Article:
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Non-invasive ventilation (NIV)

Non-invasive ventilation (NIV) provides relief from symptoms such as fatigue, breathlessness and disturbed sleep patterns, and can prolong life (Berlowitz et al. 2016), but does not prevent progression of the underlying disease (NICE 2016).

Berlowitz and others 2016

Data in this study across four clinical phenotypes confirms that non-invasive ventilation (NIV) improves survival in MND/ALS. The overall magnitude of benefit is 13 months and was largest in those with ALS-bulbar disease. 


National Institute for Health and Clinical Excellence (NICE) 2016

Motor neurone disease: assessment and management. This guideline replaces the 2010 guideline and covers assessing and managing motor neurone disease including respiratory assessment, information and support around commencing non-invasive ventilation (NIV), monitoring respiratory function and support if there is a plan to stop NIV. 

NICE Guidelines link

Radunovic and others 2013

Evidence from a single randomised trial of non-invasive ventilation in 41 participants suggests that it significantly prolongs survival and improves or maintains quality of life in people with ALS. Survival and some measures of quality of life were significantly improved in the subgroup of people with better bulbar function, but not in those with severe bulbar impairment. Future studies should examine the health economics of NIV and factors influencing access to NIV. We need to understand the factors, personal and socioeconomic, that determine access to NIV.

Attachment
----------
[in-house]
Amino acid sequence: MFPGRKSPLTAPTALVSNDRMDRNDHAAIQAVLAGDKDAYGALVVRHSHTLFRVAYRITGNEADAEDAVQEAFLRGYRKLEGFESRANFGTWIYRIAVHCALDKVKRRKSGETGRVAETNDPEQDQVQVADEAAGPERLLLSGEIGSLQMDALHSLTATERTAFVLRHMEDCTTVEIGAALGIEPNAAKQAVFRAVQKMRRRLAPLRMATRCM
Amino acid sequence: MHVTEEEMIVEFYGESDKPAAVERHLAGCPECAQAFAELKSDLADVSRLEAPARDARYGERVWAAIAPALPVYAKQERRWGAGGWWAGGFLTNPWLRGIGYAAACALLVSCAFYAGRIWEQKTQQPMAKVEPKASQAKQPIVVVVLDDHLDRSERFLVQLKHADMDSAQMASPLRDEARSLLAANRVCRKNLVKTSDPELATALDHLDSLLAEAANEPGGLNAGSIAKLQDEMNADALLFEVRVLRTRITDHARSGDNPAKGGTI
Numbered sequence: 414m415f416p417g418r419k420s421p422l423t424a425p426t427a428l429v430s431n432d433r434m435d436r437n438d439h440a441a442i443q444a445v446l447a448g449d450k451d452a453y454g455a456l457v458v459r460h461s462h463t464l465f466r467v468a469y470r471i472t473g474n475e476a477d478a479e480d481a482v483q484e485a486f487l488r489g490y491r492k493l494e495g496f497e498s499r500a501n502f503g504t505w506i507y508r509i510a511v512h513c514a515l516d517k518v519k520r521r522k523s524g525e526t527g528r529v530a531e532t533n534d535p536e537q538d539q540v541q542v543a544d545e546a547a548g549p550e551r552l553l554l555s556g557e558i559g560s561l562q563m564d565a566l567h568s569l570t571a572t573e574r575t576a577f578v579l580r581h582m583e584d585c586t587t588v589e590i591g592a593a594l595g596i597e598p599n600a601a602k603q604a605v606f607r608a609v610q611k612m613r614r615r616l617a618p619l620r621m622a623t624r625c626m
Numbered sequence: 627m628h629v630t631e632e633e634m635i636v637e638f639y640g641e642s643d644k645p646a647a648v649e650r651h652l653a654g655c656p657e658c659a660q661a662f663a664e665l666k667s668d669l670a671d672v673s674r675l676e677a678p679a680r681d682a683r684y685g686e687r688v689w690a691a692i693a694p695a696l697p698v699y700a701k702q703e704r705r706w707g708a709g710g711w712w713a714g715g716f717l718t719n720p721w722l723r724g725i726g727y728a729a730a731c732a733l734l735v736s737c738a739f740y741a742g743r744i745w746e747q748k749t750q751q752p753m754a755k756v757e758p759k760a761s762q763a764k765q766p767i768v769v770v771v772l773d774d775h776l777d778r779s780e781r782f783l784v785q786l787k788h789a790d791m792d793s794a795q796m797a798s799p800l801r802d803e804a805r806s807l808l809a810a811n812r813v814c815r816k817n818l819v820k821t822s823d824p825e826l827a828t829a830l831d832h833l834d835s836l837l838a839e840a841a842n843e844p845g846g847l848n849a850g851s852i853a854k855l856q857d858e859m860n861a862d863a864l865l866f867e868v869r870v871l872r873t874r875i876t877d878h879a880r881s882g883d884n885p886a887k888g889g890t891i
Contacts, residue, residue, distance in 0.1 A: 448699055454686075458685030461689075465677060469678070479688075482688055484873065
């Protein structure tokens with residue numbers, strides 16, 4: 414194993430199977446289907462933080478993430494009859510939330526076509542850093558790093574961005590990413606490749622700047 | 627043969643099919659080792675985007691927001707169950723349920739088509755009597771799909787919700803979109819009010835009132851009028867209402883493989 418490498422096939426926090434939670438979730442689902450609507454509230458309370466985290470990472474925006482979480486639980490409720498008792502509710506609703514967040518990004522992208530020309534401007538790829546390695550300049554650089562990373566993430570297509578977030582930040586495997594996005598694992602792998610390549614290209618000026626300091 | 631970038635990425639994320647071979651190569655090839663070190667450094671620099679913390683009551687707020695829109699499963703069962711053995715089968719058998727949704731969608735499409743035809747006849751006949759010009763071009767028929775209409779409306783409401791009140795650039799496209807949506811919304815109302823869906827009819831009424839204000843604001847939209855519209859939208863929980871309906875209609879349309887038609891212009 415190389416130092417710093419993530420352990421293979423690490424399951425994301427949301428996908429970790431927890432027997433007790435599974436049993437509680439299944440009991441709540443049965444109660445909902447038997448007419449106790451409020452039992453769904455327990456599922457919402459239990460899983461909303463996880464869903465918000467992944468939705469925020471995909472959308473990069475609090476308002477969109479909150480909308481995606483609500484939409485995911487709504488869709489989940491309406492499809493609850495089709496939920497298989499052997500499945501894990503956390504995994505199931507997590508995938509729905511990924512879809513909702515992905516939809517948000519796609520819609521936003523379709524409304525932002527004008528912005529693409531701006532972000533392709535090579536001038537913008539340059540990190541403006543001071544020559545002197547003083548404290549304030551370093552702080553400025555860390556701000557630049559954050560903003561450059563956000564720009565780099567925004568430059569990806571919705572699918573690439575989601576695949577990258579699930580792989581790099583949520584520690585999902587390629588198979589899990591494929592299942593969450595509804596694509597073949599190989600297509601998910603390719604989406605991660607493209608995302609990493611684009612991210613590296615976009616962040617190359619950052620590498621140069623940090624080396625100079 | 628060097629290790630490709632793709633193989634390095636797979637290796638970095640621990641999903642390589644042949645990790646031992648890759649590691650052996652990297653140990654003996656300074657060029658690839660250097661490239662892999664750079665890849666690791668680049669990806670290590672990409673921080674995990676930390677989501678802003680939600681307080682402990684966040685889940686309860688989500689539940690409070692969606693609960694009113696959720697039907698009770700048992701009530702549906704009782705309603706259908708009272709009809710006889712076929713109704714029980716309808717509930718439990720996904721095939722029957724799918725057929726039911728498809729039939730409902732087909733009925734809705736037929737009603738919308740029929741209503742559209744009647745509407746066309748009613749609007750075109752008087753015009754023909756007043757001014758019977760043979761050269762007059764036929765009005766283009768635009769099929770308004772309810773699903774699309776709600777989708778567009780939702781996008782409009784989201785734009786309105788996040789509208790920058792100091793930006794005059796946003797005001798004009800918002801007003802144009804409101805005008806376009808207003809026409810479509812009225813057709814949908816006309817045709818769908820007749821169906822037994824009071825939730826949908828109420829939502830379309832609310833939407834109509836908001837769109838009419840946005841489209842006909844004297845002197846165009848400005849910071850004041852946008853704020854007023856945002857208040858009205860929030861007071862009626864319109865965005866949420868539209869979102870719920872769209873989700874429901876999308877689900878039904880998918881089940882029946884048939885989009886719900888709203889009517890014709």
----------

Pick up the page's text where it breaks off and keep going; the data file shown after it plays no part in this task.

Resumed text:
Miller and others 2009a

Does NIV improve respiratory function or increase survival?

  • In a randomized controlled study, patients using NIV experienced a median survival benefit of 205 days (Class I). NIV was initiated based on orthopnea with an MIP <–60 cm or symptomatic hypercapnia. No survival benefit was seen in patients with poor bulbar function.
  • "Early" intervention with NIV (nocturnal oximetry demonstrating >15 desaturation events/hour) resulted in 11 months longer survival compared to controls, with some beneficial effect in bulbar patients (Class III).e6 Patients who used NIV >4 hours/day survived 7 months longer than patients using the device <4 hours/day (Class III).
  • FVC declined more slowly after introducing NIV (pre –2.2%/month compared to post –1.1%/month) (Class I/III)2 and the decline was slower in those who used NIV >4 hours/day (Class III). A survival benefit of 20 months was observed in NIV-tolerant patients vs 5 months in NIV-intolerant patients (Class III).